My father has always loved math because it’s simple, it’s direct and it’s truth.
That’s not always the case, though. Statistics are finagled all the time, and the student newspaper at American University, the Eagle, of which I am the student life editor, found that AU’s Jewishness was not as black and white as we might have thought.
Our captain here at New Voices, David A.M. Wilensky, told me about this Hillel survey that showed AU is 25 percent Jewish. But when one of our writers, Linda Benesch, began looking into the story, she found that the AU administration actually reported that 12 percent of the undergraduate population is Jewish.
You can read all about how that happened at the original article here. It reads, in part:
Hillel ranked AU the 12th most Jewish private college in the nation with 1,780 Jewish students representing 25 percent of the undergraduate population.
However, this ranking differs from statistics gathered from freshmen at AU.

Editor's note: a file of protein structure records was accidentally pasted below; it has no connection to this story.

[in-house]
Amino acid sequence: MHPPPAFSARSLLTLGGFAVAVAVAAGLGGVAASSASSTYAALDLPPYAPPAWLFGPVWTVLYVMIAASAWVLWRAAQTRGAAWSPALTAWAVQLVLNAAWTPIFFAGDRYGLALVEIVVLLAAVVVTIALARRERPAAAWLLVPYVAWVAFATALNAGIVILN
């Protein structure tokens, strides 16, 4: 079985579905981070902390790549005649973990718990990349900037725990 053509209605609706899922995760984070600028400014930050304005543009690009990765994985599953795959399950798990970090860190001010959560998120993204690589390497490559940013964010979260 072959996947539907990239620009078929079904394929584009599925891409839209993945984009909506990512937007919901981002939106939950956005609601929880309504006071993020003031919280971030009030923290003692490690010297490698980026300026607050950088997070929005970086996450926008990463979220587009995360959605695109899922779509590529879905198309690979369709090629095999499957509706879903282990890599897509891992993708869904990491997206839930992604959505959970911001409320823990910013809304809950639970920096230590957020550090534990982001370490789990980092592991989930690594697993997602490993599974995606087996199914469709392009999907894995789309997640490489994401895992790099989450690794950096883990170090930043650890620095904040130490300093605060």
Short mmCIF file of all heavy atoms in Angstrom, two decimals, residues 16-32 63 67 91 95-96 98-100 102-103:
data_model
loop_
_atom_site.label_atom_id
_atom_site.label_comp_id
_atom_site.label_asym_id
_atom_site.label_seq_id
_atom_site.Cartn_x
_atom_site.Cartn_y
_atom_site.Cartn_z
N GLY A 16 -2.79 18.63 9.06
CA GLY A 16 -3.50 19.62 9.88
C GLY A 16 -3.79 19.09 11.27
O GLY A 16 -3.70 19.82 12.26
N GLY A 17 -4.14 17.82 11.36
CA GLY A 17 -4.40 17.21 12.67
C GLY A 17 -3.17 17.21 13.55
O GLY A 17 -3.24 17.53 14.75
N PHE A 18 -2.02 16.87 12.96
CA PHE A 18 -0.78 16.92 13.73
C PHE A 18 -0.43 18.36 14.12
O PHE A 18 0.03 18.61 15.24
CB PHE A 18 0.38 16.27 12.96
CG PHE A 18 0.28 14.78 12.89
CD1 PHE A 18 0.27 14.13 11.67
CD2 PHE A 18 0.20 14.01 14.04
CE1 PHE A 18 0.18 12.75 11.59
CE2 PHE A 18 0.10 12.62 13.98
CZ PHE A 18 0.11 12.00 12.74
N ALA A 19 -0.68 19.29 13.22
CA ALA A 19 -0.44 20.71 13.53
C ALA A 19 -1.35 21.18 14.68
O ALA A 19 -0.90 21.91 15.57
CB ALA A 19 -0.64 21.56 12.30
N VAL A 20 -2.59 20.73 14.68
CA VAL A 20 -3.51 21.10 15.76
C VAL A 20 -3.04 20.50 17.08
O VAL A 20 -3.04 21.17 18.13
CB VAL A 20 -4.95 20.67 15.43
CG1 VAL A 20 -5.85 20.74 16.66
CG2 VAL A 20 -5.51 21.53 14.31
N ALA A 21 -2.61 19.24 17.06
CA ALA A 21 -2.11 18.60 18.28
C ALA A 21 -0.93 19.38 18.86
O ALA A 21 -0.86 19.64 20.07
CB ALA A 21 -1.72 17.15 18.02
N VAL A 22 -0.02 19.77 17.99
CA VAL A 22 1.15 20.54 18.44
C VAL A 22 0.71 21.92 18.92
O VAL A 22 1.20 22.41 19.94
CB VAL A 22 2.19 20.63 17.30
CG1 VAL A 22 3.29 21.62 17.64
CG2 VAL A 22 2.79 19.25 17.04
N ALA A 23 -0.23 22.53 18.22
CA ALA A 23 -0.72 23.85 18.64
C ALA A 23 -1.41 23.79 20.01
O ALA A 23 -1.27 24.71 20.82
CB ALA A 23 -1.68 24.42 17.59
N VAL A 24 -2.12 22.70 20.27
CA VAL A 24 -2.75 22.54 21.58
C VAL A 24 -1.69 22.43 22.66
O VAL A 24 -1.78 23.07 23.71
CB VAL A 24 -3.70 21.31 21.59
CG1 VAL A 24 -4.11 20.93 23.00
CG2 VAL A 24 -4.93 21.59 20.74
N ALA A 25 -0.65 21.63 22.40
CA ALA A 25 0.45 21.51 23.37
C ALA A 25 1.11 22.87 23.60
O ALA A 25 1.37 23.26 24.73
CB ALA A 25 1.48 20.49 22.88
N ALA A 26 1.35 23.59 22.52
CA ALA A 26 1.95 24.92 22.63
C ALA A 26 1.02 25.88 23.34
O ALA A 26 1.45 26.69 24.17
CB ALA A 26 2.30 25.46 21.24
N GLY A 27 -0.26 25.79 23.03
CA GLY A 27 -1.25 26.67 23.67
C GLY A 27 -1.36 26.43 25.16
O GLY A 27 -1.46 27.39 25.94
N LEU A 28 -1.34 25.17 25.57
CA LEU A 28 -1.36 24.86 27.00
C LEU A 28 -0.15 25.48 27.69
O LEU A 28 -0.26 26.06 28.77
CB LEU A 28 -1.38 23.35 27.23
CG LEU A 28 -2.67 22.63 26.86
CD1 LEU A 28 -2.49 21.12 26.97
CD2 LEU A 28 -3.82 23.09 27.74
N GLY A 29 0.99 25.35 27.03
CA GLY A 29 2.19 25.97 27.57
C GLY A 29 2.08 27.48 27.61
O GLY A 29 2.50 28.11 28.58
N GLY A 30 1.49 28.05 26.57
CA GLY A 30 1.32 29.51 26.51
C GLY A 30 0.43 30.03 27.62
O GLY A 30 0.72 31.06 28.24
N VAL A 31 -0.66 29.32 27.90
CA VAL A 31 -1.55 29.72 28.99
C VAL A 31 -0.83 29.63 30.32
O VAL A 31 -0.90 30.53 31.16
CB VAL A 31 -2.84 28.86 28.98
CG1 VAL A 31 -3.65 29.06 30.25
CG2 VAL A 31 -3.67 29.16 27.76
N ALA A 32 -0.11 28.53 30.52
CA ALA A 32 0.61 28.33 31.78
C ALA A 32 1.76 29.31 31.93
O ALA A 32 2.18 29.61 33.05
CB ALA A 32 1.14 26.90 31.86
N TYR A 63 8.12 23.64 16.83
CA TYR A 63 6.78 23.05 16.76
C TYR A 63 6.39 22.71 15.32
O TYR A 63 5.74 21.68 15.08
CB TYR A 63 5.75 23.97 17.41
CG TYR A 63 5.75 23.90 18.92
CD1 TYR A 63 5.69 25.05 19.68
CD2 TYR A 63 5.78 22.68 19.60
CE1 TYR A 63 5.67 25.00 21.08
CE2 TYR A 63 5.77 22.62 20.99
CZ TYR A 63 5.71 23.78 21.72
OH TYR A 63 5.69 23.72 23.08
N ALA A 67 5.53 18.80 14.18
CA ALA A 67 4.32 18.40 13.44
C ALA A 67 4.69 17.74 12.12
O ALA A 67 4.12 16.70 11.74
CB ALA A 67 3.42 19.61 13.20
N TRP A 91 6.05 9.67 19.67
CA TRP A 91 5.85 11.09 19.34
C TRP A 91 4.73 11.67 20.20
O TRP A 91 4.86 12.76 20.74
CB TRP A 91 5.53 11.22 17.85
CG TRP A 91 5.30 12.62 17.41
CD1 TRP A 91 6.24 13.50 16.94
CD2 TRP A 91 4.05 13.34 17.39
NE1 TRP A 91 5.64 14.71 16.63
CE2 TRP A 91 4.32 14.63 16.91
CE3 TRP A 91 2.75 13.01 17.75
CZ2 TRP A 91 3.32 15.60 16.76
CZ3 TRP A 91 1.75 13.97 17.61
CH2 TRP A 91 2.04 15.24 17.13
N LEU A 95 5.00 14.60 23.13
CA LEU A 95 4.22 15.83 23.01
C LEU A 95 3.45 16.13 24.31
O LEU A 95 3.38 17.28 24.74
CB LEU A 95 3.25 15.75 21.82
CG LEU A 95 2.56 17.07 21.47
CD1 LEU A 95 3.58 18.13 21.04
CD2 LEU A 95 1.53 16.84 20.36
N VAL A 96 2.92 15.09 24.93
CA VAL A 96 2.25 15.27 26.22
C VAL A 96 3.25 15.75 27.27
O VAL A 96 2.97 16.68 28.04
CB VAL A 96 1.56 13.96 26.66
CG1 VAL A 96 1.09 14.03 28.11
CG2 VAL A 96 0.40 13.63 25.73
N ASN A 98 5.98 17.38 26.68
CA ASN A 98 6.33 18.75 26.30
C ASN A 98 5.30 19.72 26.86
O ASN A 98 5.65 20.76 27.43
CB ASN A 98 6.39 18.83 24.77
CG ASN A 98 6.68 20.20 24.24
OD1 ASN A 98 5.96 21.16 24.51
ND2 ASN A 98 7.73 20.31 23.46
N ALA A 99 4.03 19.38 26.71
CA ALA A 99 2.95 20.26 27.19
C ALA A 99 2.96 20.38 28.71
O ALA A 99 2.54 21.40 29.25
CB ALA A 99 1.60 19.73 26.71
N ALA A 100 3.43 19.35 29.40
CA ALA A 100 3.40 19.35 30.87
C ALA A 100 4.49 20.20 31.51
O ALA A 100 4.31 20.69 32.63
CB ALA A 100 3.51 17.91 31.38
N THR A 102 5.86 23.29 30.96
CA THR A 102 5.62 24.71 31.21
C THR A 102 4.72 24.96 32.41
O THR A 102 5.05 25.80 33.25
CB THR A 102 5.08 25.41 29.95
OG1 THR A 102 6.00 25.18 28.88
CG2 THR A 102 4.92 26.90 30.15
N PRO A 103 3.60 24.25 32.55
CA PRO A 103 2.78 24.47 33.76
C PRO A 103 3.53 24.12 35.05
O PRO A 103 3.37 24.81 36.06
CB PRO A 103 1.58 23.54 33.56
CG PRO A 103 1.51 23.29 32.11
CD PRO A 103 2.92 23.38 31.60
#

As part of the Higher Education Research Institute Freshmen Census, AU freshman fill out a survey during one of the floor meetings held the week before classes. The Freshman Census survey includes a question about religious affiliation. On these questionnaires, only 12 percent of the respondents identified as Jewish, according to the AU Office of Institutional Research and Assessment.
This situation brings up a lot of questions. Is being Jewish a religion or a culture? Is there overlap? Why are students reluctant to disclose their religion in administration-sponsored surveys? How important is the question in these surveys and how does the wording of these questions affect the answers?
It certainly says a lot about the ongoing challenges Jews, or students of any religion, face when they go to college. Do they continue to practice their parents’ religion or do they pick a new spiritual path that more suits their needs?
Statistics can say a lot, especially when they disagree.